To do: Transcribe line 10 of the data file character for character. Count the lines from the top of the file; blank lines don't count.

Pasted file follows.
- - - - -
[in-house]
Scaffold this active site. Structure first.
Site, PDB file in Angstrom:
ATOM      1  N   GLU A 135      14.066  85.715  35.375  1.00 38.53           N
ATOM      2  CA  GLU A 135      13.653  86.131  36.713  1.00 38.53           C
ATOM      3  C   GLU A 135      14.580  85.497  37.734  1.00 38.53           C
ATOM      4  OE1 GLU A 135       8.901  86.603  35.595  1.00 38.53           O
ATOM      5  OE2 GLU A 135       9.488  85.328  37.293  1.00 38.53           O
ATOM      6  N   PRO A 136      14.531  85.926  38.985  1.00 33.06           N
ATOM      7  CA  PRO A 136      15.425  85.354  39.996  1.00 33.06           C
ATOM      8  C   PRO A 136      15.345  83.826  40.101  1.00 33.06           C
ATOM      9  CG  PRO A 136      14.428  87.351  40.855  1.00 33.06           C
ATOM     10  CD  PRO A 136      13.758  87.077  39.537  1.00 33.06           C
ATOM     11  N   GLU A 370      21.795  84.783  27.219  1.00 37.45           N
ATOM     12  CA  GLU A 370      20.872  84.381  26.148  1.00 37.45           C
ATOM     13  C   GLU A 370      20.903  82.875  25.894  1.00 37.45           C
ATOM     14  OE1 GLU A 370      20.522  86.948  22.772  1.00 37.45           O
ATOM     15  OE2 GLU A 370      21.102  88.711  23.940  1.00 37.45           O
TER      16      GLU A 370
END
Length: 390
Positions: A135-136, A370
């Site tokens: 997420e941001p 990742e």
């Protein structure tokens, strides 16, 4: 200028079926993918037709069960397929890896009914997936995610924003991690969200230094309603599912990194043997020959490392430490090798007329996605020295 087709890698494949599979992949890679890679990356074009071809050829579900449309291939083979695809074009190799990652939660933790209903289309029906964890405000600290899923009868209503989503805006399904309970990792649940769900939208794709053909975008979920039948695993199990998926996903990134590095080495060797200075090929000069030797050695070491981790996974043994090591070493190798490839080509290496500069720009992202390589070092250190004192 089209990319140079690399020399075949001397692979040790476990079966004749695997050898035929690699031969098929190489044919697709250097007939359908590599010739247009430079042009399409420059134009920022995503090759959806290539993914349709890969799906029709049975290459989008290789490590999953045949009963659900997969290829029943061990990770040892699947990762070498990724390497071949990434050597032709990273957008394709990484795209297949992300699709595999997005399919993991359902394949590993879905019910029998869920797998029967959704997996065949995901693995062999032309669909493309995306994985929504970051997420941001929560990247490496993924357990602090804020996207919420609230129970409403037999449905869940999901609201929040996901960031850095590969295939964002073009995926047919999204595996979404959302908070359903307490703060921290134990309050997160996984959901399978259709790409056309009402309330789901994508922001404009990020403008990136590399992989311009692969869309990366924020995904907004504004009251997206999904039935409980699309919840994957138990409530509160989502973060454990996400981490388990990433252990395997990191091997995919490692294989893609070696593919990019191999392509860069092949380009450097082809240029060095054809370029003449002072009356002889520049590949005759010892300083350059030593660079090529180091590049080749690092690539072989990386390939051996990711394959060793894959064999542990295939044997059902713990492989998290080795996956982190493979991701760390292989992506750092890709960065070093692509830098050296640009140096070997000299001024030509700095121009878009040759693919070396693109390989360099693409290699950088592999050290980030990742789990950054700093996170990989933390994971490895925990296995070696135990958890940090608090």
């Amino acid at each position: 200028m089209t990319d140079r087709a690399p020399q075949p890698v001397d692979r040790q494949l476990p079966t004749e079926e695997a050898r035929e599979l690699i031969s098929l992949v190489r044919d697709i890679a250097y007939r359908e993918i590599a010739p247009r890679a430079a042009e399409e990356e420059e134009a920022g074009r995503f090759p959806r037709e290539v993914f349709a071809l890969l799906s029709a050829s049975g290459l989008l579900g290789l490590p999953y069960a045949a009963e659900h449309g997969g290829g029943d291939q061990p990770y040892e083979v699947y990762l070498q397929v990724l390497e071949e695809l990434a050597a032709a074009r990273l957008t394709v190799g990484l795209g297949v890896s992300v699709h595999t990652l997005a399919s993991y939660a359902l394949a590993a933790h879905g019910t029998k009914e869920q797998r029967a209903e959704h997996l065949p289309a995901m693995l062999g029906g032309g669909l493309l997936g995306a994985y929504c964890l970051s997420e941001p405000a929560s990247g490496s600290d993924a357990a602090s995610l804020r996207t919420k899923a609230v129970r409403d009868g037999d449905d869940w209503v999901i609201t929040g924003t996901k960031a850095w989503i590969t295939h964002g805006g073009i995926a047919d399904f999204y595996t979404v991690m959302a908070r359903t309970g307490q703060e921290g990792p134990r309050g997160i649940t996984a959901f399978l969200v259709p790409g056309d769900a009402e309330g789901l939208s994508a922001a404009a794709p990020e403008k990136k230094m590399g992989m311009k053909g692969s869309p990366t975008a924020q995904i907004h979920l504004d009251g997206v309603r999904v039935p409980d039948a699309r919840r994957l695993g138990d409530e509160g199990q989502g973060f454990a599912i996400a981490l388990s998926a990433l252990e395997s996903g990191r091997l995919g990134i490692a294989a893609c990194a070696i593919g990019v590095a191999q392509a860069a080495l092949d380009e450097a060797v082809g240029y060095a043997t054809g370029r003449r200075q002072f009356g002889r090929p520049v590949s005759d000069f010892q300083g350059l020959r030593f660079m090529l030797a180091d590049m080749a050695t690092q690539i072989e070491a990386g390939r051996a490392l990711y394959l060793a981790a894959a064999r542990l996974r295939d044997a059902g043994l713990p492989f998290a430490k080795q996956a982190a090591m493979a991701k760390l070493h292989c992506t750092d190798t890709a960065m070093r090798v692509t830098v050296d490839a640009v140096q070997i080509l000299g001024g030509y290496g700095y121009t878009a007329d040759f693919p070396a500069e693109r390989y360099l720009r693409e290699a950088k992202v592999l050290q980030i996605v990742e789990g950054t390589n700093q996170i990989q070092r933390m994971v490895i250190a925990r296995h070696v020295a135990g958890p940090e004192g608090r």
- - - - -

ATOM      7  CA  PRO A 136      15.425  85.354  39.996  1.00 33.06           C